Improve Network Coverage Using Tower-Mounted Amplifiers

As cellular mobile networks continue to expand, operators keep trying to find cost-effective ways to improve network performance. Recent years have seen the introduction of remote radio head (RRH) modules as part of the base stations (BS). These provide the operator with the benefits of a less expensive solution by placing all the active radio frequency (RF) components at the top of the tower. However, this solution cannot be used in all situations. Tower loading, site access restrictions, or concerns with radio failures can in many instances restrict the installation of RRH at the top of the tower. Hence, the older generic site installation practice of using an RF feeder to go from the antenna to the base transceiver station (BTS) is still used in many applications. This scenario does introduce the potential need for tower-mounted amplifiers that can provide increased capacity and better coverage.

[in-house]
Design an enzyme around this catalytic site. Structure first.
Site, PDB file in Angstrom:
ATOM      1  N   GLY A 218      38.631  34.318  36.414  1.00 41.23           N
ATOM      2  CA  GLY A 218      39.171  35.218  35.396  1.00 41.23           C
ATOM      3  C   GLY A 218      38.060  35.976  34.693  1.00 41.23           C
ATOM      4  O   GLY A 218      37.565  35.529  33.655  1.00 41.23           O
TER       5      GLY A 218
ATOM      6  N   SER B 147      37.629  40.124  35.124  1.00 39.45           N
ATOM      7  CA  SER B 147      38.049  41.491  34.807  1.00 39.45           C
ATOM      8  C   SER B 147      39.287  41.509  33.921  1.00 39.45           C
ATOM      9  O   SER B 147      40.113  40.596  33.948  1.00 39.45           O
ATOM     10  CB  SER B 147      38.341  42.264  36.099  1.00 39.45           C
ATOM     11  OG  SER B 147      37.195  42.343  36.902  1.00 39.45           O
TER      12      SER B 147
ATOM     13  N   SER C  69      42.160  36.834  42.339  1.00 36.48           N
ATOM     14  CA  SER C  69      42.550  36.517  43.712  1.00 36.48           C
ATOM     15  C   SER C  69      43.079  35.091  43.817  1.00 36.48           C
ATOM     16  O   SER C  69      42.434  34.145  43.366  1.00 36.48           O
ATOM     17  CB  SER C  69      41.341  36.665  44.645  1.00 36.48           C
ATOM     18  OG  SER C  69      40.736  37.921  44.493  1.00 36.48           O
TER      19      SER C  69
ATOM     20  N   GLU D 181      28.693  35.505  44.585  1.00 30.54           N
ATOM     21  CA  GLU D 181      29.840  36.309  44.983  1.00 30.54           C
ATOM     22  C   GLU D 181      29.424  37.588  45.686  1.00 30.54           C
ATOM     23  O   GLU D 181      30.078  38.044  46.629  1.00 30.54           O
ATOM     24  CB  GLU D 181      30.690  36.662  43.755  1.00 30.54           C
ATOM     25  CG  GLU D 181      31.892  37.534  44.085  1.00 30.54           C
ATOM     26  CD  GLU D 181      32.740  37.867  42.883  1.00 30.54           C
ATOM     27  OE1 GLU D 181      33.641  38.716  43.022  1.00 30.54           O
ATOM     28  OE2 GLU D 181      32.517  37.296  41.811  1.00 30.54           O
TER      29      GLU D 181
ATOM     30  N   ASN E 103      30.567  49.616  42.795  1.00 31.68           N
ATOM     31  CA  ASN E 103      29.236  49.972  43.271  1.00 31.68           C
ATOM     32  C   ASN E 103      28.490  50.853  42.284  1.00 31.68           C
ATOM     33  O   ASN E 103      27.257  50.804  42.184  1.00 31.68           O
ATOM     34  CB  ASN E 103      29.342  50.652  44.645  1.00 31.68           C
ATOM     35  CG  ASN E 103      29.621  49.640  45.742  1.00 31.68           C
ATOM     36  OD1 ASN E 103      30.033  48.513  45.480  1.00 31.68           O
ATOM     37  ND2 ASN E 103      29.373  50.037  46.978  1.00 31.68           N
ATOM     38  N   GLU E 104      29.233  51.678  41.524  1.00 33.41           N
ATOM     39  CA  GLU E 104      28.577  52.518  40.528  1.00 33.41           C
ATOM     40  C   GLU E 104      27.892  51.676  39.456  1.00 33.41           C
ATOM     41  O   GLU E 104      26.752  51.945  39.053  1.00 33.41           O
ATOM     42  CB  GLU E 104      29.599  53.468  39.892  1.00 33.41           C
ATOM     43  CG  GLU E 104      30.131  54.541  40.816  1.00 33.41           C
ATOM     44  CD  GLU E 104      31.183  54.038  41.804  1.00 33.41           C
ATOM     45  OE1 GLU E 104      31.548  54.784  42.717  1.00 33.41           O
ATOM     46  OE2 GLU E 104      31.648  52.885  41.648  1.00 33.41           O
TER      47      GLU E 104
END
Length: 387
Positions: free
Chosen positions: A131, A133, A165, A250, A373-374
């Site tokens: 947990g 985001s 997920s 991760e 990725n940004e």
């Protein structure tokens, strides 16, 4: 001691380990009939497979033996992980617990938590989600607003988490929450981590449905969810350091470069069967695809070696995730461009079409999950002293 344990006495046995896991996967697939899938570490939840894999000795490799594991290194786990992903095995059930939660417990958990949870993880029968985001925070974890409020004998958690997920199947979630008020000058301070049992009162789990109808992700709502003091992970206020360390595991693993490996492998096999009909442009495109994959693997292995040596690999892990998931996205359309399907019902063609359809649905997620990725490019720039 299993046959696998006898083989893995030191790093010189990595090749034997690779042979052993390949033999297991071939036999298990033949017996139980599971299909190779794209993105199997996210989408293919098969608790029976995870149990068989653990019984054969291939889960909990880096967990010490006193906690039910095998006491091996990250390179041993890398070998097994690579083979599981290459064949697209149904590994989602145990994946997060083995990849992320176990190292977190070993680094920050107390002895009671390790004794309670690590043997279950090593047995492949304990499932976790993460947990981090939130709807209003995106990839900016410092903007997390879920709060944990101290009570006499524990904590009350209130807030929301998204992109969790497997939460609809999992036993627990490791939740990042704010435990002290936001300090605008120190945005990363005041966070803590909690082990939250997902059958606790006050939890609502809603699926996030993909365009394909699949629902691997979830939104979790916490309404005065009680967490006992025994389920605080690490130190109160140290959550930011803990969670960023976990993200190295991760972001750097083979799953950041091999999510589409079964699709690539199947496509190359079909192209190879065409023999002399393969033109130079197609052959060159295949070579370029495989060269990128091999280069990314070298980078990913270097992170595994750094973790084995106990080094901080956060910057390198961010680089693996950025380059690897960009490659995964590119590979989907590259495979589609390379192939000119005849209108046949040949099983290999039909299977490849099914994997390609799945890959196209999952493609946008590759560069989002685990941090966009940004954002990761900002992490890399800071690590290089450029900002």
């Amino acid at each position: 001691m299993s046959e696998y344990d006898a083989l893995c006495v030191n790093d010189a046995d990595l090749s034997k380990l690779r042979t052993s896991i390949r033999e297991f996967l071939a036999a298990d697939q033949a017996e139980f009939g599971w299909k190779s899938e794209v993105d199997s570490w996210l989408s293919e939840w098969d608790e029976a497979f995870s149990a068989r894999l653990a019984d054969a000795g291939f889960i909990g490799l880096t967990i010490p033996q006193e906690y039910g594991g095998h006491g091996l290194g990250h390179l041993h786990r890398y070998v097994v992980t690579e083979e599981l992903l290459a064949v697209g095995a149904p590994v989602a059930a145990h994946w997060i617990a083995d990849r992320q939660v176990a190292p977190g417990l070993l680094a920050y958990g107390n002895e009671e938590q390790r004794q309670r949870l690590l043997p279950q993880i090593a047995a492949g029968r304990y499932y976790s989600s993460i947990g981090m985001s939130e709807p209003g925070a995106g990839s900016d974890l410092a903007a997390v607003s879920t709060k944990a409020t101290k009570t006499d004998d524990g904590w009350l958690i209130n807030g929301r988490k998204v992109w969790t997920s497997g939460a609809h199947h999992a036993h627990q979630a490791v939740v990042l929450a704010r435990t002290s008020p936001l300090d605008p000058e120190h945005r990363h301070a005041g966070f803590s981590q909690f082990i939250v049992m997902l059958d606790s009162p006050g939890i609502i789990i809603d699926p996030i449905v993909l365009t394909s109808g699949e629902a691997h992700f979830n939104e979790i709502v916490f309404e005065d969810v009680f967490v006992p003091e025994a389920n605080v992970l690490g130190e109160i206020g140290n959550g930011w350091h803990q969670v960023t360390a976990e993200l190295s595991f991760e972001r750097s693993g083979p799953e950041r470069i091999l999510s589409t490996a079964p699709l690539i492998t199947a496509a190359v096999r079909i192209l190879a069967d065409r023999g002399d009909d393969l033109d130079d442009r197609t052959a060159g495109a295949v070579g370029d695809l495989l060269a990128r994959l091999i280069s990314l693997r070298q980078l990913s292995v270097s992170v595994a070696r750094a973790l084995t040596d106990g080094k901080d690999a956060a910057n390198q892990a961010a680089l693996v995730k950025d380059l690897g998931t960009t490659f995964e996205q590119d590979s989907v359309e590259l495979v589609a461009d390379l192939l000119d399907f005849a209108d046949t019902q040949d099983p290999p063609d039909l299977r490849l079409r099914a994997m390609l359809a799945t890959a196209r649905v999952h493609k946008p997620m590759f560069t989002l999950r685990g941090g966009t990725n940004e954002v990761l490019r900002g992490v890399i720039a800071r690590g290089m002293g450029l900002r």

Achieving maximum coverage is often as easy as boosting the uplink signal from the network user’s handset at the BS, but this should not be confused with increasing the possible coverage from a site by boosting the downlink as well (increasing the link budget).

Appropriately installed low noise amplifiers (LNAs) in the BS uplink (receive channel) will significantly improve receiver system sensitivity when installed as close as possible to the receive antenna (particularly where cable losses are significant). LNAs located here are referred to as tower-mounted amplifiers (TMAs). This paper provides a general overview of BS receiver system sensitivity, and the benefits of installing a quality TMA.

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